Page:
How to Stop Your Horse's Strange Bit Behavior

Does your horse seem uncomfortable when bridled? It could be due to a variety of issues.
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Q: I am 15 years old and have had horses almost all my life. I have been working with a Shire named Magnus who is 11 years old and hasn’t seen a saddle or bit for about five years. I finally got him used to my English saddle and he’s fine with putting the bridle on, but he doesn’t like the bit or isn’t used to it. When he is wearing his bit, he opens and closes his mouth (making a popping noise) and his mouth will foam. What should I do?

Credit: © DUSTY PERIN When trying to determine the cause of a horse’s bit discomfort, be sure to check that both his bit and bridle are properly adjusted.

BESS DARROW, DVM, Certified Equine Dentist 


A: First, you need to identify what is causing the problem. Issues that might lead to both the popping sound and the fussy behavior fall into two categories: physical and mental. Some common physical sources of discomfort in the mouth include dental issues, abnormalities of the jaw or temporomandibular joint (TMJ), stiffness in the poll and problems related to the type or fit of the bit or bridle. If Magnus isn’t suffering from any of these physical problems, you may need to consider a mental component to his behavior. Perhaps he never learned to accept the bit properly or had a bad experience with a bit in the past. Whatever the cause, you should be able to find a solution that makes the bit experience much more comfortable for him.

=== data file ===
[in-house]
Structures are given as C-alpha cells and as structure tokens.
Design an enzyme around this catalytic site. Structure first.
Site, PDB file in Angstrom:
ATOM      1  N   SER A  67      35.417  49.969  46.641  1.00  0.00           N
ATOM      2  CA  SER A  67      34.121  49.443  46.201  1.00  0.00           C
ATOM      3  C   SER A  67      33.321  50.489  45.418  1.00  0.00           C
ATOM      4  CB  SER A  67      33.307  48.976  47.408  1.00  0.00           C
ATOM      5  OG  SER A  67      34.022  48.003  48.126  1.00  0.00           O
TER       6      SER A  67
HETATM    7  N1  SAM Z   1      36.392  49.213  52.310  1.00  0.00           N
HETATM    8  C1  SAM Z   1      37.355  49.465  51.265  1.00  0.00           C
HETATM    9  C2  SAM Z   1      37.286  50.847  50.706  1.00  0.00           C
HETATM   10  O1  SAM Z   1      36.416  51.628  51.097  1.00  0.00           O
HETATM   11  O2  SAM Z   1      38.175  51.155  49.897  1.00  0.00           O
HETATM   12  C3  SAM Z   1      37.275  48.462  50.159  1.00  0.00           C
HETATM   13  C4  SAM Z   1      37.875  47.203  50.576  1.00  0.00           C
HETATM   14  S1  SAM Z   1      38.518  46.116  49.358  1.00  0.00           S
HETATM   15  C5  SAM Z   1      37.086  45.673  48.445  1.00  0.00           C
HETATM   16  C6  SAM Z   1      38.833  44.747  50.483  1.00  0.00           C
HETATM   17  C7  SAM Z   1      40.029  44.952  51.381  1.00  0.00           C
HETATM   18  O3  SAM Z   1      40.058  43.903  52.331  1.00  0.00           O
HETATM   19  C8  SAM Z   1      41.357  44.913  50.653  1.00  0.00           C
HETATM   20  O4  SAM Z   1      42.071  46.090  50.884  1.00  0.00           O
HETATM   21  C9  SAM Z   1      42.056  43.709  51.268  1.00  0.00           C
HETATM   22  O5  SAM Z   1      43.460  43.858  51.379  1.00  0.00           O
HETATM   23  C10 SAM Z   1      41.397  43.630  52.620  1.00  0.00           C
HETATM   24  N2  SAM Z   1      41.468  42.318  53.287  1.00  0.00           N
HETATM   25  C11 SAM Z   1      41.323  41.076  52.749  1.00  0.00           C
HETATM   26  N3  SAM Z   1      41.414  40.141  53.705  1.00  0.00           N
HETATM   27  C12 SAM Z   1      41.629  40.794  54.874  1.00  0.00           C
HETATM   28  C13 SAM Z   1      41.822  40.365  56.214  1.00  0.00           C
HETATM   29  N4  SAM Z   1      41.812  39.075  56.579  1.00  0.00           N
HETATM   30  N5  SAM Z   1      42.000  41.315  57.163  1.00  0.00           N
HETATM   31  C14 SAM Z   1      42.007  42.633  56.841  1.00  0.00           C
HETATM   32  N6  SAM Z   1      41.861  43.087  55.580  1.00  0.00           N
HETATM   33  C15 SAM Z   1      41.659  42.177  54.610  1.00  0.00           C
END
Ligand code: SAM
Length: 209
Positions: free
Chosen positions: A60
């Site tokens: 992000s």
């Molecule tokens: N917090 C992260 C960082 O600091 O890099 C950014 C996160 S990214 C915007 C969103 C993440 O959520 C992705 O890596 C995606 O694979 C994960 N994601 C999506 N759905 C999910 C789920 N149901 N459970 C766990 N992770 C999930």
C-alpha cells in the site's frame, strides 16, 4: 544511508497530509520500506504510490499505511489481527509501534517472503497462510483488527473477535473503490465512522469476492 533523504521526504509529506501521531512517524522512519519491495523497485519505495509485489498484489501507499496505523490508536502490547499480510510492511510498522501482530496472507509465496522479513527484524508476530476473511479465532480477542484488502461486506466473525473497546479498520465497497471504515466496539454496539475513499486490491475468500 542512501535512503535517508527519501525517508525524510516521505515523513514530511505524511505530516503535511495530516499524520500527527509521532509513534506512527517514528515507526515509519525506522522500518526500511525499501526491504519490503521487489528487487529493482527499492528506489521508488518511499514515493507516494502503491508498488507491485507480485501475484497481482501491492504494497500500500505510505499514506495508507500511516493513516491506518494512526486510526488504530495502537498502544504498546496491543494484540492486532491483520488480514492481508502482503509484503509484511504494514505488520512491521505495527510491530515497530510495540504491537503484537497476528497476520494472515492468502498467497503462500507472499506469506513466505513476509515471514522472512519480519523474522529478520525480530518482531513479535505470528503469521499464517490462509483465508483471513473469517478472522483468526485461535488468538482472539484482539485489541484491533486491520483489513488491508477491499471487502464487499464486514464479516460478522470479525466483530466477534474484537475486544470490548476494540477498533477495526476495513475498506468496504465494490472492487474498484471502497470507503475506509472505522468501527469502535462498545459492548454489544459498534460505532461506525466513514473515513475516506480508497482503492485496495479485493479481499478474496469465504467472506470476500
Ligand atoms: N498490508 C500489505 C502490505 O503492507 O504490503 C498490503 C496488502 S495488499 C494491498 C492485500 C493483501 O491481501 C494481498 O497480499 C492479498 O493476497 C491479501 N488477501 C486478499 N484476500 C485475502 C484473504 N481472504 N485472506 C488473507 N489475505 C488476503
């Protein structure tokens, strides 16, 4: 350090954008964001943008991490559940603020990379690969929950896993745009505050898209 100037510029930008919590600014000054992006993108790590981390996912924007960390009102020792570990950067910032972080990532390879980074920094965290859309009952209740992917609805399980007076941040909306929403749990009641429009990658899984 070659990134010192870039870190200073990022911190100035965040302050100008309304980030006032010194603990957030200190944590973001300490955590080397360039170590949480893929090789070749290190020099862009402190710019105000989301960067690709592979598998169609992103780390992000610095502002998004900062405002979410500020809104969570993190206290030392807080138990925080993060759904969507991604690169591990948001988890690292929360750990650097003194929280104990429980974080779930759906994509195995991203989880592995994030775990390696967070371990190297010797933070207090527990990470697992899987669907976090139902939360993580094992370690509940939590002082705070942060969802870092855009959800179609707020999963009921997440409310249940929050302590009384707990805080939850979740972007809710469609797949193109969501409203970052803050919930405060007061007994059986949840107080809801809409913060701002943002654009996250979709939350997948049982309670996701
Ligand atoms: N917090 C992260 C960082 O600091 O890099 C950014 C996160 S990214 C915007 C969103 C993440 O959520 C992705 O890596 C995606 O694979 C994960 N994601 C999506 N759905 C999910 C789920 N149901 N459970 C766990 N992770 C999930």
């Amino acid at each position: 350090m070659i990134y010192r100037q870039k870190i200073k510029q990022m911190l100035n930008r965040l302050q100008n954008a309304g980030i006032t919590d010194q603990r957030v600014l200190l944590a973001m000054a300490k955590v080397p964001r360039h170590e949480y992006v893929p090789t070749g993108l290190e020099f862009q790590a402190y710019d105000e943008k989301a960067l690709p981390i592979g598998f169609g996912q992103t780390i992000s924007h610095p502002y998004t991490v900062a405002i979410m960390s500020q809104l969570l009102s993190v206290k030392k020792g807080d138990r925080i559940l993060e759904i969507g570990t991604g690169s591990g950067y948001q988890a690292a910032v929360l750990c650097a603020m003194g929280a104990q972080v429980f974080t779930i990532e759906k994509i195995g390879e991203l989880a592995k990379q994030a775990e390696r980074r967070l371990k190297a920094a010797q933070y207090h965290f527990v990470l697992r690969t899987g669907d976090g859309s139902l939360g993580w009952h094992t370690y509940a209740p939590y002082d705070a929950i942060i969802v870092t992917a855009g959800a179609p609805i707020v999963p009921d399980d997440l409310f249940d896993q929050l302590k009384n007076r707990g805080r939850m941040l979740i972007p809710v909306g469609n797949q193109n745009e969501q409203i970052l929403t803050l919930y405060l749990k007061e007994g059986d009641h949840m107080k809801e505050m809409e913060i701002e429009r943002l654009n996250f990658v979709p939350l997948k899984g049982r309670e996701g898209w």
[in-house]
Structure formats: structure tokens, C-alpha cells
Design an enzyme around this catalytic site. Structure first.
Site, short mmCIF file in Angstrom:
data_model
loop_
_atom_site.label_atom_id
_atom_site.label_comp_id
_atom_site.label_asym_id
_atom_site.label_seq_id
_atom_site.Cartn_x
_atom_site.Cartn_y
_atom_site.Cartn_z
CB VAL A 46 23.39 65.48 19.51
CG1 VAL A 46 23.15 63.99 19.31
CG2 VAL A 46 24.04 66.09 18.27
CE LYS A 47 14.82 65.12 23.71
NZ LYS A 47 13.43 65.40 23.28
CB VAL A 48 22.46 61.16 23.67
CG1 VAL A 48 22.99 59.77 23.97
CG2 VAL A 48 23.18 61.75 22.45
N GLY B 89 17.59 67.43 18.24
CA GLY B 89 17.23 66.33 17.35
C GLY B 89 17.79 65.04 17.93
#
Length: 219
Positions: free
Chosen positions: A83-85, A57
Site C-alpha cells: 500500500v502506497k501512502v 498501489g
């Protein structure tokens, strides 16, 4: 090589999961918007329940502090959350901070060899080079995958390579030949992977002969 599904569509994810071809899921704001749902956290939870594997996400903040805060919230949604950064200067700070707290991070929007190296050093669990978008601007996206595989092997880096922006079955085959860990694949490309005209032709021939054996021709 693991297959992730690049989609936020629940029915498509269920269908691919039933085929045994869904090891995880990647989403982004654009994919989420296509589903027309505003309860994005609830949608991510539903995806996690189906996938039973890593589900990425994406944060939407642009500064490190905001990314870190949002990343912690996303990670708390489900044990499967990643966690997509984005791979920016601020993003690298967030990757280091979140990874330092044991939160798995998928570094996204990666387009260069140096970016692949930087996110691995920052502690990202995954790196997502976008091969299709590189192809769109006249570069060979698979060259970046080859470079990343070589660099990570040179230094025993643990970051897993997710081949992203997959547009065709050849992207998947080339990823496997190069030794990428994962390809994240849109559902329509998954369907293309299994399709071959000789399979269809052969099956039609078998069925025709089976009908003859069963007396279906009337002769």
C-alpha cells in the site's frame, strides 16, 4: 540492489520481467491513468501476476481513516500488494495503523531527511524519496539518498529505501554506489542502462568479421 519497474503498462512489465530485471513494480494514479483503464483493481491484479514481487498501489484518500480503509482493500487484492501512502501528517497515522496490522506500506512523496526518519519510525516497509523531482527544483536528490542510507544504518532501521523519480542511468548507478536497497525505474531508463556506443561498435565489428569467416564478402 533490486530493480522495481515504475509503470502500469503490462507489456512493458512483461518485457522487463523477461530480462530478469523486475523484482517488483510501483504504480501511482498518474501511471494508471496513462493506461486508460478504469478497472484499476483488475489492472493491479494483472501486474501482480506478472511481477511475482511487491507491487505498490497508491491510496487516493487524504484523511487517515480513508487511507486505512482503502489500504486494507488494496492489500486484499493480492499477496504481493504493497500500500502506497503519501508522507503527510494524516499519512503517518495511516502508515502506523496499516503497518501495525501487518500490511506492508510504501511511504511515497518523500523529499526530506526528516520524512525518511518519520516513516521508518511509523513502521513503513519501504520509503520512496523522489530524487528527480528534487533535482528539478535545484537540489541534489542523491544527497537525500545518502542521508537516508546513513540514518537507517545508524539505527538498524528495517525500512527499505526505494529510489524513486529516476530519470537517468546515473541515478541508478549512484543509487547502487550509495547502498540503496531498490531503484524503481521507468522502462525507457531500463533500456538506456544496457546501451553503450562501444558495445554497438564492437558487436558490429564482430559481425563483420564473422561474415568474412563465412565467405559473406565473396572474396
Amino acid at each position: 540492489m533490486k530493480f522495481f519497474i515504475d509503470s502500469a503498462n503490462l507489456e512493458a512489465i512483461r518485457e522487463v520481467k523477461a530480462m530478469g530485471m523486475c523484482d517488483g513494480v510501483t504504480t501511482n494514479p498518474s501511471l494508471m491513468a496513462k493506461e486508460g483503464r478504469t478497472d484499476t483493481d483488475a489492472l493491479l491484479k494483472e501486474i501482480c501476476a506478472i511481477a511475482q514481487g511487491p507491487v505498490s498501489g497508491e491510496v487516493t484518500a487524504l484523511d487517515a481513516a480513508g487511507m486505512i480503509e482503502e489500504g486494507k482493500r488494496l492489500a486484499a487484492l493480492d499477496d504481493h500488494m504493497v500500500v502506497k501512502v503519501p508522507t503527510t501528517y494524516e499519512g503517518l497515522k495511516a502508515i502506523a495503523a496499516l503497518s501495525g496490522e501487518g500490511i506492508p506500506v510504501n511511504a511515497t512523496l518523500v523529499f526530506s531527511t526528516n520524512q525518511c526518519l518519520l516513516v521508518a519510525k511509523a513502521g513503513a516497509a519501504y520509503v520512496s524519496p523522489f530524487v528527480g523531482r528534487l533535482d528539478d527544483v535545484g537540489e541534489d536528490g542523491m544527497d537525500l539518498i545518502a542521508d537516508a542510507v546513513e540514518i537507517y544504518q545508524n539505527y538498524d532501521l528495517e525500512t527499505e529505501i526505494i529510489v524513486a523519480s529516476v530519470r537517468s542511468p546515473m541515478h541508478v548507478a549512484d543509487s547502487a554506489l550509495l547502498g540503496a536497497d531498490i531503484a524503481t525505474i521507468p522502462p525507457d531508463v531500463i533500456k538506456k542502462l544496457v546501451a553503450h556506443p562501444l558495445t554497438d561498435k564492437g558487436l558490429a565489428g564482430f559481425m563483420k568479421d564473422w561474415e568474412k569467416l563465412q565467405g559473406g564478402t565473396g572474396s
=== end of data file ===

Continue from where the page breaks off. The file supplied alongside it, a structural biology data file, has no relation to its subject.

Start by ruling out physical issues. The foam you’re seeing may be salivation caused by the normal action of mouthing the bit. Horses ridden properly through (so they’re using their entire bodies in a relaxed, swinging manner) naturally produce a certain amount of saliva. Excessive, shaving-cream-like foam, however, may indicate a dental problem, such as a broken tooth, abscess or sharp enamel point causing discomfort in his mouth. Ask a dental specialist (a certified equine dentist or veterinarian with advanced training in equine dentistry) to examine Magnus’ mouth thoroughly. A horse his age could have developed any number of dental problems caused by irregular wearing of his teeth and the development of sharp hooks or points. The popping sound you’re hearing could be the result of a tall, overgrown tooth striking another tooth.

Your horse may even have an ulcer on the inside of his cheek, a tumor or a foreign body lodged in the roof of his mouth or between his teeth. If you notice that he has bad breath or a smelly discharge coming from his nostrils, he may be suffering from a tooth infection. Routine floatings don’t always catch and correct these problems, so it’s worth investing in a specialist’s more-comprehensive exam. 

A less-common cause of the popping sound could be TMJ disorder, which affects the joint where the lower jaw hinges to the skull. It may become painful and inflamed due to repeated stress, injury, arthritis or physical deformities. A horse with tooth problems can develop a TMJ disorder secondarily if he changes his chewing patterns to avoid a painful tooth or if an overgrown tooth causes his bite to be lopsided. This joint is also very closely associated with the poll, so any tension or pain in the poll (resulting, for example, from a bridle that pinches behind his ears) could potentially be misdiagnosed as TMJ pain. An accurate diagnosis may require the use of X-rays or ultrasound. In the absence of a definitive diagnosis, if your dental specialist still suspects that Magnus is suffering from a TMJ disorder, he or she may recommend a trial series of anti-inflammatory medication or joint-block injections to further diagnose or rule out the condition.